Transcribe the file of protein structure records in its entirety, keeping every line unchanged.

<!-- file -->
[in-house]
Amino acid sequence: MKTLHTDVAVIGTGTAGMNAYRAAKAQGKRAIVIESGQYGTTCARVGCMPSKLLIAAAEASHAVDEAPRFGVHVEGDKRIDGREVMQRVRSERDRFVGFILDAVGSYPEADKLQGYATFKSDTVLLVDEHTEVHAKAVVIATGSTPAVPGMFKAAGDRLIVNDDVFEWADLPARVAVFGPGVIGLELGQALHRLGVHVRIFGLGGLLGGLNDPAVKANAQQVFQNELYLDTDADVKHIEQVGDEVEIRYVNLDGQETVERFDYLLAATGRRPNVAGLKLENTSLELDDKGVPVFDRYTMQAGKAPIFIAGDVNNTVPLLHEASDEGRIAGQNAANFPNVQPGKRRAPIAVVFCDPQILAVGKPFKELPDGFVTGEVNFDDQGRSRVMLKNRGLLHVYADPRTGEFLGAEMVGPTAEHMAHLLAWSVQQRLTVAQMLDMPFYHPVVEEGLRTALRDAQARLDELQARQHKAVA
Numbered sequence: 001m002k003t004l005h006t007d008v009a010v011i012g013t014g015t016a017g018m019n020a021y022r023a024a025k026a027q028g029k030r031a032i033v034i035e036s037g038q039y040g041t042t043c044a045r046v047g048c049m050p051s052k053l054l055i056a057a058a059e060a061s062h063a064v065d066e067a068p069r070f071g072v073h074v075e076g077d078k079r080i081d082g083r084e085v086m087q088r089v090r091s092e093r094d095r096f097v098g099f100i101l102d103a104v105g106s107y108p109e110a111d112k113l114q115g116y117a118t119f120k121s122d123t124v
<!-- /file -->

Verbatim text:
[in-house]
Amino acid sequence: MKTLHTDVAVIGTGTAGMNAYRAAKAQGKRAIVIESGQYGTTCARVGCMPSKLLIAAAEASHAVDEAPRFGVHVEGDKRIDGREVMQRVRSERDRFVGFILDAVGSYPEADKLQGYATFKSDTVLLVDEHTEVHAKAVVIATGSTPAVPGMFKAAGDRLIVNDDVFEWADLPARVAVFGPGVIGLELGQALHRLGVHVRIFGLGGLLGGLNDPAVKANAQQVFQNELYLDTDADVKHIEQVGDEVEIRYVNLDGQETVERFDYLLAATGRRPNVAGLKLENTSLELDDKGVPVFDRYTMQAGKAPIFIAGDVNNTVPLLHEASDEGRIAGQNAANFPNVQPGKRRAPIAVVFCDPQILAVGKPFKELPDGFVTGEVNFDDQGRSRVMLKNRGLLHVYADPRTGEFLGAEMVGPTAEHMAHLLAWSVQQRLTVAQMLDMPFYHPVVEEGLRTALRDAQARLDELQARQHKAVA
Numbered sequence: 001m002k003t004l005h006t007d008v009a010v011i012g013t014g015t016a017g018m019n020a021y022r023a024a025k026a027q028g029k030r031a032i033v034i035e036s037g038q039y040g041t042t043c044a045r046v047g048c049m050p051s052k053l054l055i056a057a058a059e060a061s062h063a064v065d066e067a068p069r070f071g072v073h074v075e076g077d078k079r080i081d082g083r084e085v086m087q088r089v090r091s092e093r094d095r096f097v098g099f100i101l102d103a104v105g106s107y108p109e110a111d112k113l114q115g116y117a118t119f120k121s122d123t124v